So I was digging around under my stairs, having believed that I drank the last of my beer months ago, when I came upon a Christmas Miracle! Or at least a Memorial Day weekend surprise. Alas! One more sixer of Kolsch. Being that I was wrapping up my first brew day since winter, thinking all the while that it is entirely impossible to RDWHAHB without the crucial HB, I immediately hauled it upstairs, threw one in the freezer and set the timer. Fifteen minutes later... sheer heaven. This beer improves immensely with age. Not that there was anything wrong with it when it was fresh, but now it's the kind that I want to offer to my neighbors just to show off my (well Beerific's) brewing prowess. Trouble is, I only have five left, and my greediness outways my pride at least two to one.

From now on, when I make this beer it needs to go directly under the stairs to be forgotten for six months.

Once again Beerific, thanks for this superb recipe.

Wolfgang

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Old 09-11-2008, 01:23 PM   #17
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I brewed this back in early June as my first all grain attempt in a 5gal rubbermaid MLT. Naturally I was off on some temperatures and thus the OG, but it still turned out to be fantastic. I had to modify the recipe a bit based on the hops I had access to.

8 lbs pilsner malt
1 lb white wheat
1 lb vienna malt

1 oz hersbrucker hallertauer ~4% AA, boil
0.5 oz hersbrucker hallertauer 30 min
0.5 oz saaz ~3% AA 30 min
0.25 oz hersbrucker hallertauer 5 min
0.25 oz saaz 5 min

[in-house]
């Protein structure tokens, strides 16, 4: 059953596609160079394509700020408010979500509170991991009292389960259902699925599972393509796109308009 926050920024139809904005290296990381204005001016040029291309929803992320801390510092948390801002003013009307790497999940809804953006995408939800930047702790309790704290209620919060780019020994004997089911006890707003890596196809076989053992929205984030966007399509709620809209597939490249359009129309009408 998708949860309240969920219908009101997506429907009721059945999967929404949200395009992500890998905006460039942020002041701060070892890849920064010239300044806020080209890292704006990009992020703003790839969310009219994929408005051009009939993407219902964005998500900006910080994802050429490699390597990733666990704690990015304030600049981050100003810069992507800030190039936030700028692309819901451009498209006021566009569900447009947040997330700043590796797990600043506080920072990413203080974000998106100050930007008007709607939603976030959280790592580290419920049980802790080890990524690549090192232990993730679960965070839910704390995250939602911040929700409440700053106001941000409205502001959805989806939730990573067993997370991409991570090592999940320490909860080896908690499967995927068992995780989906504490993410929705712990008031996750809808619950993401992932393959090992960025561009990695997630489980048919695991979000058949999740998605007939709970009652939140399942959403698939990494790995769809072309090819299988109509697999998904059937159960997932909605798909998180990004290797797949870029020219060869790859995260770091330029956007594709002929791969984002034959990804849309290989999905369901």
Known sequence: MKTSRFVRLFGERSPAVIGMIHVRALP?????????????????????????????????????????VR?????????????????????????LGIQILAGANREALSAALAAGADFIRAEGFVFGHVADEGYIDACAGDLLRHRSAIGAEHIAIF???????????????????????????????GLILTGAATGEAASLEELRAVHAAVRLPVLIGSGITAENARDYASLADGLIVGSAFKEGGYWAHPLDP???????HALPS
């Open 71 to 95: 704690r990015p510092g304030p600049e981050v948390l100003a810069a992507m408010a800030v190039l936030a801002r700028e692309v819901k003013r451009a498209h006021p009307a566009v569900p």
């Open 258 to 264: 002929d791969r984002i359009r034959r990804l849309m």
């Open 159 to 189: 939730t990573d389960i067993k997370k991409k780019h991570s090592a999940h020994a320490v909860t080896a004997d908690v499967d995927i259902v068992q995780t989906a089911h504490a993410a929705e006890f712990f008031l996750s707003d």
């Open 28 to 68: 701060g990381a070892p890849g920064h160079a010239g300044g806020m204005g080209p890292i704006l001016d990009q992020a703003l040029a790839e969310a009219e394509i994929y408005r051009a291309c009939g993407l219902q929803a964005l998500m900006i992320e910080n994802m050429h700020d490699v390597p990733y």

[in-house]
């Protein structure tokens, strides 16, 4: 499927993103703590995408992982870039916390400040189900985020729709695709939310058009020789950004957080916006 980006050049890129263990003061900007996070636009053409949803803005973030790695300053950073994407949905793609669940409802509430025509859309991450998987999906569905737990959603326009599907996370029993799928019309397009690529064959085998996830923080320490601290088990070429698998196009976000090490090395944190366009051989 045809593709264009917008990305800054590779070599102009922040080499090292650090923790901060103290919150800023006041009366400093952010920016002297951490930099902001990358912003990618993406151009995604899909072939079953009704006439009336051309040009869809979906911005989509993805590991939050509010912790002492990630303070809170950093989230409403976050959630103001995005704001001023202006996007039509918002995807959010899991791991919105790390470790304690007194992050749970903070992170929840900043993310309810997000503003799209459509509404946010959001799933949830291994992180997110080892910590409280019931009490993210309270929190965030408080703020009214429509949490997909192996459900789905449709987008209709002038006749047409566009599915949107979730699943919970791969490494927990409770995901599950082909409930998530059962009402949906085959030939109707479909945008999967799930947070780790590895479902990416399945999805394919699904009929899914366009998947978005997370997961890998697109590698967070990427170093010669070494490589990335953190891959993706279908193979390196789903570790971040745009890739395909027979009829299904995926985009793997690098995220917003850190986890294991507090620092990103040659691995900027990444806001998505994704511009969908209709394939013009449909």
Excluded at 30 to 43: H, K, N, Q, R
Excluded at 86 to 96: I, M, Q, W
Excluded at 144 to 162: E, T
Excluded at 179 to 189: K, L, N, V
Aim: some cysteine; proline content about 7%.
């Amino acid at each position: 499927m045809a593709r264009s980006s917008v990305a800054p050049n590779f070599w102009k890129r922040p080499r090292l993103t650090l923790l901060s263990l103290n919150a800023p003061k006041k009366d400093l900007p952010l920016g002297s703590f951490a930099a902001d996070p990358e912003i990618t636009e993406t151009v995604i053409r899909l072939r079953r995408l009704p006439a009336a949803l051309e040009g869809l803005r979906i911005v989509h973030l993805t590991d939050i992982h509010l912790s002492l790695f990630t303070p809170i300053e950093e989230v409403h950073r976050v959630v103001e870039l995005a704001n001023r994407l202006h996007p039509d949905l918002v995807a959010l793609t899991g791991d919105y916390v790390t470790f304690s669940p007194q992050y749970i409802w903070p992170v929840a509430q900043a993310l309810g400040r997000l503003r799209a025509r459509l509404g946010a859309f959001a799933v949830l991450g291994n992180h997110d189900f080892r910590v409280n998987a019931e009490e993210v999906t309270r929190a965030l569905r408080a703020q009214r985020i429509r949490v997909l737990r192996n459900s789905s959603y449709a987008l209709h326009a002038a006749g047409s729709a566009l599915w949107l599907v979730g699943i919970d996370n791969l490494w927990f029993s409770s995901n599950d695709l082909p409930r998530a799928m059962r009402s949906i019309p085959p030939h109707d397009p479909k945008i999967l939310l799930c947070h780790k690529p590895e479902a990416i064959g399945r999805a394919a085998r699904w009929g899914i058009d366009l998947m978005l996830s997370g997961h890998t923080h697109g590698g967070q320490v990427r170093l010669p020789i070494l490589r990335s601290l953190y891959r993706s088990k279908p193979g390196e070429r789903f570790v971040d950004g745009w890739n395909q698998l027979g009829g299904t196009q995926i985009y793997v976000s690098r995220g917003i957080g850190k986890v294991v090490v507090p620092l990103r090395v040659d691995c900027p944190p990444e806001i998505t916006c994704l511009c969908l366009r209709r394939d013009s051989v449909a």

Mashed at 148F (dropped to 146F) for 60 min
Batch sparge #1 at 159F
Batch sparge #2 at 166F

90 minute boil
OG: 1.036
FG: 1.009
Yeast: WLP029 Kolsch

I gave it 1 week primary, 1 week secondary each at 65F, then lagered at 39F for 7 weeks. Bottled, primed with dextrose. Surprisingly, the bottles were pretty well carbed after just one week, even after the fairly long lagering phase. The beer is GREAT. Unbelievably smooth and crisp. It could use a bit more body, but that's my fault for mashing at too low a temp.

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Old 10-07-2008, 08:24 PM   #18
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the "white wheat malt" is 100% wheat?

just because - what a shame! - in italy it's quite impossible to find 100% wheat

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Old 10-07-2008, 08:28 PM   #19
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Quote:
Originally Posted by DonArmando View Post
the "white wheat malt" is 100% wheat?

just because - what a shame! - in italy it's quite impossible to find 100% wheat
That is strange, I wouldn't think they would mix the malted grains up.

Well, if it is like 50%/50% mix with pils malt, just use 2lbs and reduce the pils malt by 1lb.
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Old 10-07-2008, 08:35 PM   #20
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Quote:
Originally Posted by Beerrific View Post
That is strange, I wouldn't think they would mix the malted grains up.

Well, if it is like 50%/50% mix with pils malt, just use 2lbs and reduce the pils malt by 1lb.
i'm sorry, i made a big mistake:

you said white weat meaning "grains" but i was accidentally referring to dry extract, which is 55% wheat and 45% barley.
and,to cast more shadow upon all this (sigh!) we don't have at all malted/raw/white wheat for homebrewing....just Dried/liquid extracts mixed as i said with barley.......what do you suggest?

so the recipe would be

2 lbs pils
1 lbs vienna
2 lbs 50-50 wheat/barley?